The US Virgin Islands has been granted permission to mail a subpoena to the former Victoria’s Secret boss Les Wexner over his ties to the late sex offender Jeffrey Epstein, after a security guard allegedly prevented the billionaire from being served at his home.
A New York judge issued the order on Tuesday, after the US Virgin Islands said it had been frustrated in seeking documents from Wexner as part of its civil suit against JPMorgan Chase.
The US Virgin Islands said it had tried to serve Wexner in person at his home in Ohio on February 8 and February 11, as well as at his charitable foundation, of which Epstein was once a trustee, but was blocked from doing so on all occasions.
The territory has accused the US bank of “knowingly, recklessly and unlawfully” facilitating human trafficking by failing to block transactions to Epstein’s victims, as well as recruiters for the convicted sex offender, who had a home on a private island within the US Virgin Islands.
The US Virgin Islands, which is seeking more than $100mn in damages from JPMorgan, also alleged the bank allowed money from accounts belonging to Epstein’s “purported charitable organisations”, including one called Enhanced Education, to be transferred for non-charitable purposes.
“Epstein and/or his representative used the Enhanced Education fund to pay $124,232 to Leslie Wexner,” the territory claimed, adding that the two men had a “longstanding business and personal relationship”.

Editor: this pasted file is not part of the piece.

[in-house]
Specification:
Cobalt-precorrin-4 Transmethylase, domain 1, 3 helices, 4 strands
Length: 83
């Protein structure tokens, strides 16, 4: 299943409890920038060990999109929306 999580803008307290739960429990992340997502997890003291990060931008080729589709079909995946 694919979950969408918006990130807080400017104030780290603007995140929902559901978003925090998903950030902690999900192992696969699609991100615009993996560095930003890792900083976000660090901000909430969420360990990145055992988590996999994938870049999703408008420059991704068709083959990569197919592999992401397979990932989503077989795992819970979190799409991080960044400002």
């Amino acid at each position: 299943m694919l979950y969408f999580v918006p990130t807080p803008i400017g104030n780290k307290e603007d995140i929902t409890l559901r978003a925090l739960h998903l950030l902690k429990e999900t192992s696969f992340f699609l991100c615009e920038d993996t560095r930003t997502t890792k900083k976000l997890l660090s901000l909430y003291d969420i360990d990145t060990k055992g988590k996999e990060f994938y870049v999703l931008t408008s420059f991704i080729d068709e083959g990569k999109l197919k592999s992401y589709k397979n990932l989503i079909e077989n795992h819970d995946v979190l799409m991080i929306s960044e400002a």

Wexner was Epstein’s only known client for decades, and even gave Epstein control of his personal finances and power of attorney.
He has since said he was embarrassed by his connection to Epstein and accused his former friend of “misappropriating vast sums of money”.
Wexner relinquished his dual roles as chief executive and chair of L Brands, the then owner of Victoria’s Secret, in 2020.
A partially unredacted complaint by the US Virgin Islands, filed last week, revealed extensive and warm email exchanges between Jes Staley — who held several senior roles at JPMorgan before going on to lead Barclays — and Epstein, over the course of four years.
It also alleged that the bank had processed more than $1mn worth of payments to some of Epstein’s victims, who were “trafficked and abused during different intervals between at least 2003 and July 2019, when Epstein was arrested and jailed”.
Epstein pleaded guilty to one count of solicitation of prostitution with a minor in 2008 and was registered as a sex offender in the Virgin Islands soon after. JPMorgan ended up severing ties with Epstein in 2013.
JPMorgan declined to comment. Lawyers for the bank have previously characterised the complaint as “meritless” in court filings.
A lawyer who previously represented Wexner did not immediately respond to a request for comment.
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